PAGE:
Category Archives: Sydney

Turns out average-looking women play sport sometimes too.

It seems sports companies have realised that average-looking women play sport. Perhaps, even, god forbid, are good at it. At least that’s what a recent swathe of sports ads would like us to believe. Lately we’ve been treated to a wave of commercials empowering women to get active. Women panting, jiggling, sweating, flab swaying, limbs flying, hair wet, it seems, are no longer an embarrassment.

After years of watching slim, gorgeous people training and racing towards the finish line, shiny bodies glimmering, finally it feels like images of imperfect female bodies doing sport are ok too. Are advertisers getting braver? Or are they now reverting to shaming rather than aspiration? A carrot or a stick?

The statistics show women do significantly less sport than men. In the USA, 1.9 million fewer women than men participate in sport at least once a month. In the UK, the numbers are even more telling, with two million fewer women than men being active. Research also found that 48% of British girls interviewed believed that getting sweaty is “not feminine”. To counter these, Sport England released a promo last year called ‘This Girl Can’ featuring sweat-covered, voluptuous bodies doing sports, set to the busting beat of Missy Elliot’s Get Ur Freak On. It quickly went viral, earning 37 million views to date. The first words onscreen, “I jiggle therefore I am,” were a battle-cry for many women, with independent research revealing that the campaign was effective in both the short and the long term. Over a year on, 2.8 million British women aged 14 to 40 say they have done ‘some or more activity’ as a result of watching the campaign. It was positive, and energetic, and made women feel good about their bodies no matter their size.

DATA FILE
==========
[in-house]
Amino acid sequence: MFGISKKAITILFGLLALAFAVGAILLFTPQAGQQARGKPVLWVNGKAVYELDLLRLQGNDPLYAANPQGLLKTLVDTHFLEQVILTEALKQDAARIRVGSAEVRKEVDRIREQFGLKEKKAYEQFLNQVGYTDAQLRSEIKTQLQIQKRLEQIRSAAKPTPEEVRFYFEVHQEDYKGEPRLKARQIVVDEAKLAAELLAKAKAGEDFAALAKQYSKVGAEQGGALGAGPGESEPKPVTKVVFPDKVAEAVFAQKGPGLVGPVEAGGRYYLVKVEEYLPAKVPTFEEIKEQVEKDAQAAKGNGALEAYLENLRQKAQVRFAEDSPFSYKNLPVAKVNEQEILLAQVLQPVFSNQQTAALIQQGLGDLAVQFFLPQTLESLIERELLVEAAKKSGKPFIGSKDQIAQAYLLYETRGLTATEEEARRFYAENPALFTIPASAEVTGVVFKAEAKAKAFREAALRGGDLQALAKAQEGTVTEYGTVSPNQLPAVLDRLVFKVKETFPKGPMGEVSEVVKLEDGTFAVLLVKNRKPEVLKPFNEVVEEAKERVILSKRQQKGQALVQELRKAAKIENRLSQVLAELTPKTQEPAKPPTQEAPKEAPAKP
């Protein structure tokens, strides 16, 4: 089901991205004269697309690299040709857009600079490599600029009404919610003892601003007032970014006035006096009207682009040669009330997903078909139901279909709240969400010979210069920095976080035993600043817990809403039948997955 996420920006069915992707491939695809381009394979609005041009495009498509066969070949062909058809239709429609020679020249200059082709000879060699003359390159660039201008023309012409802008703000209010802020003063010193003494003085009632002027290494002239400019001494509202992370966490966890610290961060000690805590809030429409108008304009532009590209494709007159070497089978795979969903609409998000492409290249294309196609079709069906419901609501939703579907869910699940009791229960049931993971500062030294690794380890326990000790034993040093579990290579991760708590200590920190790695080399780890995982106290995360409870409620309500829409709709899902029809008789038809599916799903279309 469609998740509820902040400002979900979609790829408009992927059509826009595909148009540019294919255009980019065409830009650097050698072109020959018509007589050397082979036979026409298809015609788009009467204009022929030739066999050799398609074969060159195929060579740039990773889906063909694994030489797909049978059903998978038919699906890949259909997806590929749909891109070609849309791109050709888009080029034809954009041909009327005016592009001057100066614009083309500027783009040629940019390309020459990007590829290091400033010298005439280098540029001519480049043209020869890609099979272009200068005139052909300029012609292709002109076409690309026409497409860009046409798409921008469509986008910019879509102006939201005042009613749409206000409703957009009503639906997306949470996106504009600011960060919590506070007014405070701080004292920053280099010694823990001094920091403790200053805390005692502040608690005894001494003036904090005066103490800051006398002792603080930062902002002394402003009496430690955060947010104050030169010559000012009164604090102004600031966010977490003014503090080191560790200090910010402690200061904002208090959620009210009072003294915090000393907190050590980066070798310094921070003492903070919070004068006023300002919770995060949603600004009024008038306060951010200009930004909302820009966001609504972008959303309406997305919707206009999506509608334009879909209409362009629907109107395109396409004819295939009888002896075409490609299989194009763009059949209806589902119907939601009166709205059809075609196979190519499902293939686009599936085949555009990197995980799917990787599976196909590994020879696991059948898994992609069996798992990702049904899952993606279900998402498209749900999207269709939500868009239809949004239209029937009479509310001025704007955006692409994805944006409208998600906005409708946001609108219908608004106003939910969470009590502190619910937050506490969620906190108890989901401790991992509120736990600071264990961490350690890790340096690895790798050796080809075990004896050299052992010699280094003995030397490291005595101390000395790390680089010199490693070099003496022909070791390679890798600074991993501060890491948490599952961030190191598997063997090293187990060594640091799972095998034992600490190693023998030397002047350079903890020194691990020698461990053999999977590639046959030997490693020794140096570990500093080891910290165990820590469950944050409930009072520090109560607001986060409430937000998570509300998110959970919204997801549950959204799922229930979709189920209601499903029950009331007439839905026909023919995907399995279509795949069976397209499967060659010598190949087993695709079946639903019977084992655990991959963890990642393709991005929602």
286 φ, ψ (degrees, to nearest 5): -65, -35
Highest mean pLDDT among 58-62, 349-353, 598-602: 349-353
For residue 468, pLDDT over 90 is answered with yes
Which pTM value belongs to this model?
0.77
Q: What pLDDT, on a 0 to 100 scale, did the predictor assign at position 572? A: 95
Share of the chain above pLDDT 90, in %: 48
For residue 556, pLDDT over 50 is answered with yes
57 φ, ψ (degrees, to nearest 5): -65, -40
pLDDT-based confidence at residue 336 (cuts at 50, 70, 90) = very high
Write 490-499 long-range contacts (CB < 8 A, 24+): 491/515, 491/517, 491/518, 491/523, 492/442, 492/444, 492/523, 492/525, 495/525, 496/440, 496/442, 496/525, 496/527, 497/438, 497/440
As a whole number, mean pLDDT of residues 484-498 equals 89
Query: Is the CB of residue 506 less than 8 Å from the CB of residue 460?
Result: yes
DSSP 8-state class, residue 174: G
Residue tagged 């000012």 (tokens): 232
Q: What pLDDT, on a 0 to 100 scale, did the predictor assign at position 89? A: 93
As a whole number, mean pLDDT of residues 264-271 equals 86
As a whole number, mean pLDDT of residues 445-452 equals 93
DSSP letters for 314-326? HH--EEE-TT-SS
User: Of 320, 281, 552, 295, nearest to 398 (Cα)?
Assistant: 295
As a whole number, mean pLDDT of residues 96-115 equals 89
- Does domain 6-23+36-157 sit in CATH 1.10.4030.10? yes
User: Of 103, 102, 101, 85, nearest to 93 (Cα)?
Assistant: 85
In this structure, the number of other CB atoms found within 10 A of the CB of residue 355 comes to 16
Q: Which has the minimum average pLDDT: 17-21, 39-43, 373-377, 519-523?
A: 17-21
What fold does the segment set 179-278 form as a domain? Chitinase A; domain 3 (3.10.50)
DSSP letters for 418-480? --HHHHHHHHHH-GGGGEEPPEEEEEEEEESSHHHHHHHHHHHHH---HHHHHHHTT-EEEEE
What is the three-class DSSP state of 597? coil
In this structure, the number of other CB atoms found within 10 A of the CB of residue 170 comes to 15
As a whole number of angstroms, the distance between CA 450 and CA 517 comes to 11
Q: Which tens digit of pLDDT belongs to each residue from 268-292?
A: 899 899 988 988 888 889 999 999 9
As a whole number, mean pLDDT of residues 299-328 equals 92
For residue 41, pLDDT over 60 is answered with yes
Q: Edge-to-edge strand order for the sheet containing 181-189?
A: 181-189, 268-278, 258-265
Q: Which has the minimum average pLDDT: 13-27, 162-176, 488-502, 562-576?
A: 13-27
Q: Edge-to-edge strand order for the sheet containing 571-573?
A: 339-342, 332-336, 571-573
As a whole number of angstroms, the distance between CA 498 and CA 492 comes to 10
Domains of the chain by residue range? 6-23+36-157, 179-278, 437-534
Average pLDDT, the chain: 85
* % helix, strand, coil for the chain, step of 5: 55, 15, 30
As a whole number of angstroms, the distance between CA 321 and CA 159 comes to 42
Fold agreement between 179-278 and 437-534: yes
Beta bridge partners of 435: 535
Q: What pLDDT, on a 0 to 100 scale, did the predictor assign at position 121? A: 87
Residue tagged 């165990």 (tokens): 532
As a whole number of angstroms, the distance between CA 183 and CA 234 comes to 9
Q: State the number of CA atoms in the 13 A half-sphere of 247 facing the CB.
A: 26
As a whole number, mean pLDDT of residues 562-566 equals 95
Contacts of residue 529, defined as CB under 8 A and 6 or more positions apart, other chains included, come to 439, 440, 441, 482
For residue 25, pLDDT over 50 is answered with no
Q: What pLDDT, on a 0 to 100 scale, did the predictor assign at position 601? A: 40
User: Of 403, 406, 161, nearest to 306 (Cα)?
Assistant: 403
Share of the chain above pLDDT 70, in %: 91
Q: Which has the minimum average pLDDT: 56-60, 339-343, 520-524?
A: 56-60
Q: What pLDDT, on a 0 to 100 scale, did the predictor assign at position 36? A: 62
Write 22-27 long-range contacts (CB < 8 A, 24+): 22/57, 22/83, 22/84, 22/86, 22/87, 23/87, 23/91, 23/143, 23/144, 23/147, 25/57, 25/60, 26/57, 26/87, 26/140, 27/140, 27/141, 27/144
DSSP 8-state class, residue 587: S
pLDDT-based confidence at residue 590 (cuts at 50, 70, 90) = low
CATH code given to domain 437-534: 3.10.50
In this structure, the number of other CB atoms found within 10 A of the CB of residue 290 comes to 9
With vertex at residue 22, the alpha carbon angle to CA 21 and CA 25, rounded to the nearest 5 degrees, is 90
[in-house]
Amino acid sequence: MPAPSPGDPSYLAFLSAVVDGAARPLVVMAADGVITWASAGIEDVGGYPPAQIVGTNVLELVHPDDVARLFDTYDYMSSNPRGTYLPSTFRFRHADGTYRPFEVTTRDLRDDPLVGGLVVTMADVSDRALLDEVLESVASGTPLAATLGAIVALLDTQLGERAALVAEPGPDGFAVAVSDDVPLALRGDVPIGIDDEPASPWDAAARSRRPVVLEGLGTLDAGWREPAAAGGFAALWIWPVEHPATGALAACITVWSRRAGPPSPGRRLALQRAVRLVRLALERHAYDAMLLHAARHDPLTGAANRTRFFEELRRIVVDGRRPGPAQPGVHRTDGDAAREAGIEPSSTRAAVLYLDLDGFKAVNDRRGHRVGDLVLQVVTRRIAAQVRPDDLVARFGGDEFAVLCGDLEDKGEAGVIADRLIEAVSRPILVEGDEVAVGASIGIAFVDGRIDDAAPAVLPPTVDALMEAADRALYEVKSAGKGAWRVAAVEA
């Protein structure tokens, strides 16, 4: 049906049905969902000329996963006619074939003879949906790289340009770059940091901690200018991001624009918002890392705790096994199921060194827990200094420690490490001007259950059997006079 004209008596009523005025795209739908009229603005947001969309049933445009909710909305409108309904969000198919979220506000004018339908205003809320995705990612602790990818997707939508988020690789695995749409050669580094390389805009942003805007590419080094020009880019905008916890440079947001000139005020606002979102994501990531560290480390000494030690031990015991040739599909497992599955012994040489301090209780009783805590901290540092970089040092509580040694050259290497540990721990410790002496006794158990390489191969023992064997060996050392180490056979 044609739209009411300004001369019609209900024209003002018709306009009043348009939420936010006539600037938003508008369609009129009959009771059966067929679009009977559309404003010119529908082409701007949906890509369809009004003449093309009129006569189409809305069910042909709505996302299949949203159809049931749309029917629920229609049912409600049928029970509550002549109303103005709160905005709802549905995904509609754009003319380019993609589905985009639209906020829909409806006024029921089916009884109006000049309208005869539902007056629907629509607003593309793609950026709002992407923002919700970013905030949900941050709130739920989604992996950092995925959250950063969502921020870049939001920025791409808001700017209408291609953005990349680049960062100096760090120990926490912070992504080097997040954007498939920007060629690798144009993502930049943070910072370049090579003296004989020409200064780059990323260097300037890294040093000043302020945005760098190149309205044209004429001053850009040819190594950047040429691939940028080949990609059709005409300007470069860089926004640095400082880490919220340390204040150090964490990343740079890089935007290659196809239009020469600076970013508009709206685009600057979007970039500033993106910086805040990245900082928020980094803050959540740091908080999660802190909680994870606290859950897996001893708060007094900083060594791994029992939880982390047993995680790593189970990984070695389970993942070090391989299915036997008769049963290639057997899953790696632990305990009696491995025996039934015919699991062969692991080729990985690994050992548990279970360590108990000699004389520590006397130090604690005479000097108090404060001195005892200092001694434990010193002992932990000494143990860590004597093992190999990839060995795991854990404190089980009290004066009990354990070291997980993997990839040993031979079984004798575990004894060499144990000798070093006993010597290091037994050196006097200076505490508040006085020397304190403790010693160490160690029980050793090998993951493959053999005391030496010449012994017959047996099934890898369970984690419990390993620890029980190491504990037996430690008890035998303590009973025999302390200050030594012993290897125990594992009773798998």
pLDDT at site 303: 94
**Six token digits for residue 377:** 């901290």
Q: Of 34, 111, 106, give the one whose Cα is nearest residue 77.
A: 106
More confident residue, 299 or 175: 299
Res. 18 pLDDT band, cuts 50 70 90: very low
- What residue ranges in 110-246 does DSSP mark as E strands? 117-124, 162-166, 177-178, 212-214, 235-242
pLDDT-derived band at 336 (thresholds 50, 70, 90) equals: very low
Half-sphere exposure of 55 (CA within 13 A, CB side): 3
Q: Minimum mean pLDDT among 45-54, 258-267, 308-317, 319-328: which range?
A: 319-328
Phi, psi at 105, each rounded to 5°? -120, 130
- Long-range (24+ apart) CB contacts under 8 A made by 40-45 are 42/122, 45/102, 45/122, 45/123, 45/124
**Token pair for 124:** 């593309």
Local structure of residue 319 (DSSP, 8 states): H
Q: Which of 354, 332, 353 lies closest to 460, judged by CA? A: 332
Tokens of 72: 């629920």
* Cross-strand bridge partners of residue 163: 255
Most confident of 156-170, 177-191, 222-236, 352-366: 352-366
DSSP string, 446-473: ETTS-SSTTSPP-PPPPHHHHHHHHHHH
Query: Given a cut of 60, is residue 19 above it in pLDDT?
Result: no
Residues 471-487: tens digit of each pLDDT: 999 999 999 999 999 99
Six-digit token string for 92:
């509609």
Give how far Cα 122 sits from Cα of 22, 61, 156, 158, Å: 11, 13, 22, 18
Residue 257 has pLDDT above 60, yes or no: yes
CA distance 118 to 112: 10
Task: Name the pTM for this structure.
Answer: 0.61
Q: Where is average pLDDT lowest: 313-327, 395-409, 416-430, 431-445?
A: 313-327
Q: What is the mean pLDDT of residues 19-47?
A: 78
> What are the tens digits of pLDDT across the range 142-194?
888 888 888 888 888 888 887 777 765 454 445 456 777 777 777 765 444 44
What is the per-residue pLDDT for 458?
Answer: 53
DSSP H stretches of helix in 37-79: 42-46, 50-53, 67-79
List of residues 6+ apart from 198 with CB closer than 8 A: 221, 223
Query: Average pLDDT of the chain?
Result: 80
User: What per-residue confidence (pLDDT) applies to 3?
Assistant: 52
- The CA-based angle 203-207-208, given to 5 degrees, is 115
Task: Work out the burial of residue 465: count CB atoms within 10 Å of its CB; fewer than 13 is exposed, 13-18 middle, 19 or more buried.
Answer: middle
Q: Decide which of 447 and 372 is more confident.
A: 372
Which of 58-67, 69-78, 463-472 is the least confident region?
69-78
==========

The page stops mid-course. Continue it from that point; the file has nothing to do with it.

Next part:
If the goal is to inspire women to sweat, sports clothes brands clearly have the most to gain. Obviously women getting active means higher purchases of ‘active-wear’ but women also buy more items of clothing per year than the menfolk. Which means return on advertising investment can be more efficient. Nike is clearly leading from the front. Whilst Adidas’s #Mygirls campaign and Reebok’s Women Run The World #BeMoreHuman rely on time-worn cliches about women being badass (and always using hashtags), Nike seems to be at least trying. Last year they produced the campaign ‘Last’, in which a female runner pants her way to the finish line in last place, fighting self-doubt all the way. “You are not a runner. You are especially not a marathon runner,” she tells herself.

Undoubtedly based on this success, this year Nike released the ‘Better For It – Inner Thoughts’ campaign. In this series, deadpan voice-overs mull through the myriad of fears that prevent women from doing exercise; mirrors at the gym, judgement from others in the class, and, most obviously, fear of failure. But ‘Better For It’ hits a different chord. While ‘Last’ showed a full-bodied woman, ‘Better For It’ reveals women who’s bodies are not too unlike the so-called ‘models’ in class who intimidate them. Its a return to the beautiful bodies we’ve seen a thousand times before.

Whatever the type of bodies portrayed, one thing is for sure – the framing of these ads is very different to the traditional male-targeted examples that we’re used to seeing on TV. We all know the ones; they’re all about shiny, tanned, sinewy young bodies (or better yet, celebrity athletes), always training hard, usually shot in profile. The narrative is always the same – try hard, strive for excellence and then, obviously, win. Here, the sportsman is hero, and winning is both the final goal, and an easy equation of hard work and time.